I’m so thrilled to share this next project with you! I’ve been working on a number of these for a while and finally surfaced enough to share my very first foray into the Film Panorama world with you: Hotel Chevalier. (p.s. Because these images are long panoramas, this post is best viewed on a desktop. If you’re checking it out on mobile, turn your screen horizontally!)
Hotel Chevalier and The Darjeeling Limited
A little behind the scenes on this short: it was originally intended to be the opening sequence for the film, “The Darjeeling Limited” but was later cut entirely. It told and independent story so well, however, that later they released it in its entirety as its own short. Its really something to watch both together when you know the connection.
I’ve had a few friends struggle with this concept before until I showed them a side-by-side comparison of the stills and the stitch. So here’s your comparison, the top image here are the stills, the image just below is the stitch of those stills:
The panoramic stitch of the above stills:
I had found myself becoming increasingly enamored with specific pan shots from movies like “The Secret Life of Walter Mitty” and just about every Wes Anderson flick out there. In particular, I thought that if I could see the entire pan shot stretched out in front of me that it would give me some insight into the way the director and his crew saw their world and how they had to build that world to interact with the camera.
While I have large ambitions for this project as a series, I tried to start small with the first project, so I chose Wes Anderson’s short film, “Hotel Chavelier” featuring Jason Schwartzman and Natalie Portman.
How the Panoramas are Stitched
I acquire the highest quality version of the film that I can and then I edit out everything but each and every pan (or tilt) shot. I capture every frame of those pans and then stitch them together in photoshop. The result is really just about what I had hoped, a long frame laying out the entire set in front of me, many times including blocking points of the actors. The two shots below are tilts, they start standing and then sit, so I was able to add a little headroom to the top of both, which extended the height of the frame a little beyond its normal ratio.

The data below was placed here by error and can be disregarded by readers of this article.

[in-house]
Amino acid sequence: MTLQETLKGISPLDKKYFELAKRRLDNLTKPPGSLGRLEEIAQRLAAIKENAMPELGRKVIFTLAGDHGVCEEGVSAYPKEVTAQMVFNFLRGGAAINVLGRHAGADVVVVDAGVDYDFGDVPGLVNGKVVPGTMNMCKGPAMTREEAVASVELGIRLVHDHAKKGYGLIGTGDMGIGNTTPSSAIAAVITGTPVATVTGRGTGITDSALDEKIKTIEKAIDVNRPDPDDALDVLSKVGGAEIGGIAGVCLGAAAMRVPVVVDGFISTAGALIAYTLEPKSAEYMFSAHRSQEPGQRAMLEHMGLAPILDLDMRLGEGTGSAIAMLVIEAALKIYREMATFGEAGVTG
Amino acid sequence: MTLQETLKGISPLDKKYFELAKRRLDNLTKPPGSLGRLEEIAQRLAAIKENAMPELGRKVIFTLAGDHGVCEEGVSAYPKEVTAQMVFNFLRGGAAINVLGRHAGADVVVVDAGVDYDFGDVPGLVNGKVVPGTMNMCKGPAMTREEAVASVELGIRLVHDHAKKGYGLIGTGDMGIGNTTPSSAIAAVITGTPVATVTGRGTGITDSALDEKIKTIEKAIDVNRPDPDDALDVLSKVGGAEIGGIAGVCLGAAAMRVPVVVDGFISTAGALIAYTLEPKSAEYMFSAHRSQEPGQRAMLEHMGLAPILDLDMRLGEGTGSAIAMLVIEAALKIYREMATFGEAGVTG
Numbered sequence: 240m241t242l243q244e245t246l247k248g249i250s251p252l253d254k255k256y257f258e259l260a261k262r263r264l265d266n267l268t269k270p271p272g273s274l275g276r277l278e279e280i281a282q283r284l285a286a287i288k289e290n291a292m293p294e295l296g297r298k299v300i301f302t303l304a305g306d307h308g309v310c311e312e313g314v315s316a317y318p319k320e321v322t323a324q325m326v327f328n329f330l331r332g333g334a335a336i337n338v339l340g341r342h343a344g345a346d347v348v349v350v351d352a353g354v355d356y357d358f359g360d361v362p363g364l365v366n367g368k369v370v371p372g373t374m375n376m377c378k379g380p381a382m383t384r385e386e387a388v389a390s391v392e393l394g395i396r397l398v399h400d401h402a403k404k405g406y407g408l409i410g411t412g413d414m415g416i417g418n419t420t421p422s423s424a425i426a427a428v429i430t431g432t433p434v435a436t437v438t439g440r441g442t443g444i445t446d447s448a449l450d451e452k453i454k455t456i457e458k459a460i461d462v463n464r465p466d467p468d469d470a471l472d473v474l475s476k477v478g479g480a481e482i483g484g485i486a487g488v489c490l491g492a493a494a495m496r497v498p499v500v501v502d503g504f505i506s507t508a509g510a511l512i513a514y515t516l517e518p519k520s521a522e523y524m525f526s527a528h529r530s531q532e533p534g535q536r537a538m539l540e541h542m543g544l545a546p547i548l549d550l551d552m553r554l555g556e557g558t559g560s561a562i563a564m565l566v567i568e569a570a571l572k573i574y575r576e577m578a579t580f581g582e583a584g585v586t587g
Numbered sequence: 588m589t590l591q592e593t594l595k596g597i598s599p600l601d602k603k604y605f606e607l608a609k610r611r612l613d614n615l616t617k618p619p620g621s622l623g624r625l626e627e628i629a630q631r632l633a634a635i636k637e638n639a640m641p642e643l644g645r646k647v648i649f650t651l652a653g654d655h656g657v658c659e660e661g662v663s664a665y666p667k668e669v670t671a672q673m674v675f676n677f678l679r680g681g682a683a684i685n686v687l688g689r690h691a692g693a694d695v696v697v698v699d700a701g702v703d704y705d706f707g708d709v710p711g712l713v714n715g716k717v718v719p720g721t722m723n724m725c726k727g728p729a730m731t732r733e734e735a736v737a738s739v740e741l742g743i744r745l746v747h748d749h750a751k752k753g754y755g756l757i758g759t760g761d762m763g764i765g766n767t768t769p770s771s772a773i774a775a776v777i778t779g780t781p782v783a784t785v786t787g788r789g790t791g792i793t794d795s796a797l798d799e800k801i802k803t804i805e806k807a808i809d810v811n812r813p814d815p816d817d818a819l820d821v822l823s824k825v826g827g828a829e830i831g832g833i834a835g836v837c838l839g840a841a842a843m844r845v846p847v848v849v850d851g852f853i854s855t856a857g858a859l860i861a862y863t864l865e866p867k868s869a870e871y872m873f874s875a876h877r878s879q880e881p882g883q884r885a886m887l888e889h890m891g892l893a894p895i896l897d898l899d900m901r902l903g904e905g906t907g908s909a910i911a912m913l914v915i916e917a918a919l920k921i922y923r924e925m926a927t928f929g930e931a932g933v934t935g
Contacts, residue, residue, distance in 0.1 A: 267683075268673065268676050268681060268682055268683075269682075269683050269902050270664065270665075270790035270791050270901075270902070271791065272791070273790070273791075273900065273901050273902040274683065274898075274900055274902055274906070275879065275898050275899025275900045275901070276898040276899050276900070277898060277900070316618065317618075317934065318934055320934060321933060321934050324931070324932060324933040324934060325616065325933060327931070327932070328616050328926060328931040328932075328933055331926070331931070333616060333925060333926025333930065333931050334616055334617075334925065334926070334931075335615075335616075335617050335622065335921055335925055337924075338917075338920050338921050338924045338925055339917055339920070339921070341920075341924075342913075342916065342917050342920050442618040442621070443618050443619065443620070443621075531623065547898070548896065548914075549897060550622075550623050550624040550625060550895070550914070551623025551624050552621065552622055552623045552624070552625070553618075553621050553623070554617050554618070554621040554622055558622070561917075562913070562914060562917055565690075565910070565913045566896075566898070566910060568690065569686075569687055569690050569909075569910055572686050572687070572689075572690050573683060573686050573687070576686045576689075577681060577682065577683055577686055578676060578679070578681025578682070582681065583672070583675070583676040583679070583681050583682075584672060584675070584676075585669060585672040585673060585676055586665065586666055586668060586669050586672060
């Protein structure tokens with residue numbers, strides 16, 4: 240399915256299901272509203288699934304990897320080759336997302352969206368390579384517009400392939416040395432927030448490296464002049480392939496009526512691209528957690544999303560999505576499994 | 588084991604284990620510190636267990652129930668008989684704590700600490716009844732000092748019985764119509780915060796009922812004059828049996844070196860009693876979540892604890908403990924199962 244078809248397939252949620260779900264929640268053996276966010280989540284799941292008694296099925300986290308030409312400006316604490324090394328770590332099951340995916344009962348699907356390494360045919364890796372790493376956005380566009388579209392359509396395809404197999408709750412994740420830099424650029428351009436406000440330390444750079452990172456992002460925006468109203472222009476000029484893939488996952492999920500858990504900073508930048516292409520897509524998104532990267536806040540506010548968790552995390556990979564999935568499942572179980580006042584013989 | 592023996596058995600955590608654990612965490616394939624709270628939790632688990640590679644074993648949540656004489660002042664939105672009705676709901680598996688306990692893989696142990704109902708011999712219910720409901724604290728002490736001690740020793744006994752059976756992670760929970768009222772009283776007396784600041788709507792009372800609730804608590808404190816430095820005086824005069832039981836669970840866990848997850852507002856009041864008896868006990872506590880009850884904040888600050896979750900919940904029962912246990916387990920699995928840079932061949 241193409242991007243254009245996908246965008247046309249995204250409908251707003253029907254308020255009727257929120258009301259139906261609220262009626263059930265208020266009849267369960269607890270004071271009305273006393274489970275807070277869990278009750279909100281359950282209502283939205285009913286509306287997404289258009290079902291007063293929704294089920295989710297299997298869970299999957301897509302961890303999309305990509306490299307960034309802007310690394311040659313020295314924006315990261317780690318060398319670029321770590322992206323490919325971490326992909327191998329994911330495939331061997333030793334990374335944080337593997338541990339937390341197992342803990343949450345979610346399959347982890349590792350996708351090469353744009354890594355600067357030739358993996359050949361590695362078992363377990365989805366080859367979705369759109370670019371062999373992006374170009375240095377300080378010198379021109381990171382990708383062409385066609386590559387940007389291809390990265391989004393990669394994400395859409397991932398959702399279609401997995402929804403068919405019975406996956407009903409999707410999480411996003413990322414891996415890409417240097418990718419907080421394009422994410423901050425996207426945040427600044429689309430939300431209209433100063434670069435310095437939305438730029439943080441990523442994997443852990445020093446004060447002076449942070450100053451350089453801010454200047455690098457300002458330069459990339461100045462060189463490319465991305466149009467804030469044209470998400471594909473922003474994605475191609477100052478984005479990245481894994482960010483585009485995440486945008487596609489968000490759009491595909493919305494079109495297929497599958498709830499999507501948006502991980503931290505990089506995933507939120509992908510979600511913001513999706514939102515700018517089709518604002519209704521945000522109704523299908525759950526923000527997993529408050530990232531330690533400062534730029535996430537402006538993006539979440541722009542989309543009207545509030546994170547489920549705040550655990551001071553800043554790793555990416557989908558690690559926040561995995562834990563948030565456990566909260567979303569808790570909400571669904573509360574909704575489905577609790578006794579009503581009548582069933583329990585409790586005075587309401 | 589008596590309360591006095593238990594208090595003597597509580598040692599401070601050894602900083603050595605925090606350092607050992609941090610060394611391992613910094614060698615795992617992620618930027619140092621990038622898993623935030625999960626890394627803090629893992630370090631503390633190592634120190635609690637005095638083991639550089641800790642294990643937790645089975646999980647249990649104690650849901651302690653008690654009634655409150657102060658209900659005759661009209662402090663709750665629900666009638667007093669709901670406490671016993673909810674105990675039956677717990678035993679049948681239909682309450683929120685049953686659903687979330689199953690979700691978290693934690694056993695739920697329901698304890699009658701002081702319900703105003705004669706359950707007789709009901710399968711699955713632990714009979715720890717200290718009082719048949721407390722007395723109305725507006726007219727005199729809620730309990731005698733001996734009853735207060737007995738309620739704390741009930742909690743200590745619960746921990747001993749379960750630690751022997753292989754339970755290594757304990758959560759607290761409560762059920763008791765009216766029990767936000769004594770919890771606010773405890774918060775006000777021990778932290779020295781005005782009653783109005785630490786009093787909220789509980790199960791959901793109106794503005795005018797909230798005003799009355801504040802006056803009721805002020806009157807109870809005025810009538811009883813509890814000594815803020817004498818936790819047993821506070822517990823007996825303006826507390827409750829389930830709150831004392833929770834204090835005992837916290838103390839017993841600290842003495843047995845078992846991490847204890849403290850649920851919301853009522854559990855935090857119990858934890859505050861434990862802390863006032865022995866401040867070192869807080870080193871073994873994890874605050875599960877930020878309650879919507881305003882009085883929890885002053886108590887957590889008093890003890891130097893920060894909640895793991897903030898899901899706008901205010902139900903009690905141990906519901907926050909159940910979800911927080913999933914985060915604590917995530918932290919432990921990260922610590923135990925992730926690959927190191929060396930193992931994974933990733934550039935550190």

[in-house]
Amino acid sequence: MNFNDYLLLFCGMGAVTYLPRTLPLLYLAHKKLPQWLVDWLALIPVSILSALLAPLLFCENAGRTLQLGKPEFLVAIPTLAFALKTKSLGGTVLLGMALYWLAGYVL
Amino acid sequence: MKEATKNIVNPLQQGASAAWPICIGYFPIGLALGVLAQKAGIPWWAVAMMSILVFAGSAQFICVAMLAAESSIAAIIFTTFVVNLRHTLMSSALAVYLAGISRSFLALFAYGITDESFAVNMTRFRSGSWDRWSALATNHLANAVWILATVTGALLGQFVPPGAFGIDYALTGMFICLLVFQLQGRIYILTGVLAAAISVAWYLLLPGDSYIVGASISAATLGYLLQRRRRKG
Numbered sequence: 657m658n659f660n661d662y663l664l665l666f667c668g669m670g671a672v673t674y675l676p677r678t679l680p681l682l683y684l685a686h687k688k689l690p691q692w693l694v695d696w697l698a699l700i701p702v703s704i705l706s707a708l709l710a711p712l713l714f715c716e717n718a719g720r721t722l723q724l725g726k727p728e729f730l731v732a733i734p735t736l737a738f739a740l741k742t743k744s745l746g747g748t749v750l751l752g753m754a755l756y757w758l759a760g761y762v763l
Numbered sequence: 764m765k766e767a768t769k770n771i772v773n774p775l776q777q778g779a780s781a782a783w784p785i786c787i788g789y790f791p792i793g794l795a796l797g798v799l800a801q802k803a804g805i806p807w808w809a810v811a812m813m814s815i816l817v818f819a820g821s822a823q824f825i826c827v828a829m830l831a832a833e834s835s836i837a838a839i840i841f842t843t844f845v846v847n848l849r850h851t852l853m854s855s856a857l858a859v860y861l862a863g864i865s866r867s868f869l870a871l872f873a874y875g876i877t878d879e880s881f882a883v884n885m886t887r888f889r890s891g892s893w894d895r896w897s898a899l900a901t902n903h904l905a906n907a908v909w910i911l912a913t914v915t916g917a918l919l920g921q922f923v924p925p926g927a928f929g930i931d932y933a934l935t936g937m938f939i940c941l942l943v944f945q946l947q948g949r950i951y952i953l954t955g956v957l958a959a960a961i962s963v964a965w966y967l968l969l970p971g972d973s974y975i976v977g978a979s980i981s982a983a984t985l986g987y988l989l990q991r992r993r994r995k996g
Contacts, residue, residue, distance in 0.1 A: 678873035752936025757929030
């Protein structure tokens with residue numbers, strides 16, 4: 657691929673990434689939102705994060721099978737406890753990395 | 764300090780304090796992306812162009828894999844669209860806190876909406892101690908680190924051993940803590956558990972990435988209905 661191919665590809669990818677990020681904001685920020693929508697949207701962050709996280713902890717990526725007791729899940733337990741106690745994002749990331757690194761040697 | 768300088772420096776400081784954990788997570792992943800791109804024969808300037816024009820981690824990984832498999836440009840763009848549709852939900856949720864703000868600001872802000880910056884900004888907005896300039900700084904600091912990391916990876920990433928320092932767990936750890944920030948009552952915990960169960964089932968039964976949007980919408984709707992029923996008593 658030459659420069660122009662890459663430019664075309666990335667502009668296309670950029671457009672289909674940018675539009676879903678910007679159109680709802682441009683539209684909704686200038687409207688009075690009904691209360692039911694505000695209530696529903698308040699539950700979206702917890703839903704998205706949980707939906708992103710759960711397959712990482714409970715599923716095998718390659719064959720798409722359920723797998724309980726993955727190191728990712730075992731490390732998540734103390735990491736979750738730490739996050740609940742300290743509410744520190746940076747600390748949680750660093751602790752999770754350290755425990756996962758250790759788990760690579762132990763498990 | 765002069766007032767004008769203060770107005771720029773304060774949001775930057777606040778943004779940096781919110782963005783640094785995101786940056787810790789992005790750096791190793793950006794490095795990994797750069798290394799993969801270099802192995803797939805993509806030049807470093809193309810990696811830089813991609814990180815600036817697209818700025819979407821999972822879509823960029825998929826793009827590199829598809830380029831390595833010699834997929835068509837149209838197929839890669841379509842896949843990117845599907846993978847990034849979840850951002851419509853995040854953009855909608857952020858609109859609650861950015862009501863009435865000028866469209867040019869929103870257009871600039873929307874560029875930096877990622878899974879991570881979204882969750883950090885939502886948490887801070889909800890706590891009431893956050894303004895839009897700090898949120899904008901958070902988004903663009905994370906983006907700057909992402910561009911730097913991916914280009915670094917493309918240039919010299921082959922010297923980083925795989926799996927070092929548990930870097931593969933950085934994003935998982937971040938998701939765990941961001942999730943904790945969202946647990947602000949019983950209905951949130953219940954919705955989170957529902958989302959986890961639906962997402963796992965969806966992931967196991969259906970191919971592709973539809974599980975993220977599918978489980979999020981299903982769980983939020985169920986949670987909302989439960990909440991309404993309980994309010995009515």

The Hotel Chevalier had a total of 5 pan shots and 2 tilt shots. I was really pleased with the shot below of the two characters walking across the room, because this was really more of a dolly shot than it was a pan. Even with the issue with the lines on the door to the right of frame, I think its stitched supremely well considering.
My absolute favorite composite is the one below of Jason and Natalie on the Veranda facing the end credits as they begin to roll.
One last thing, like I mentioned above, this was definitely an edited version of this short. As with all Wes Anderson movies, do not go look for this short unless you are ready for the foul language (and sometimes other inappropriate bits). I recommend VidAngel if you want to watch the cleaned up version.
My next Film Panorama post will cover “The Secret Life of Walter Mitty”. After that, tell me, what film would you like to see stitched? It may just be the next on my list!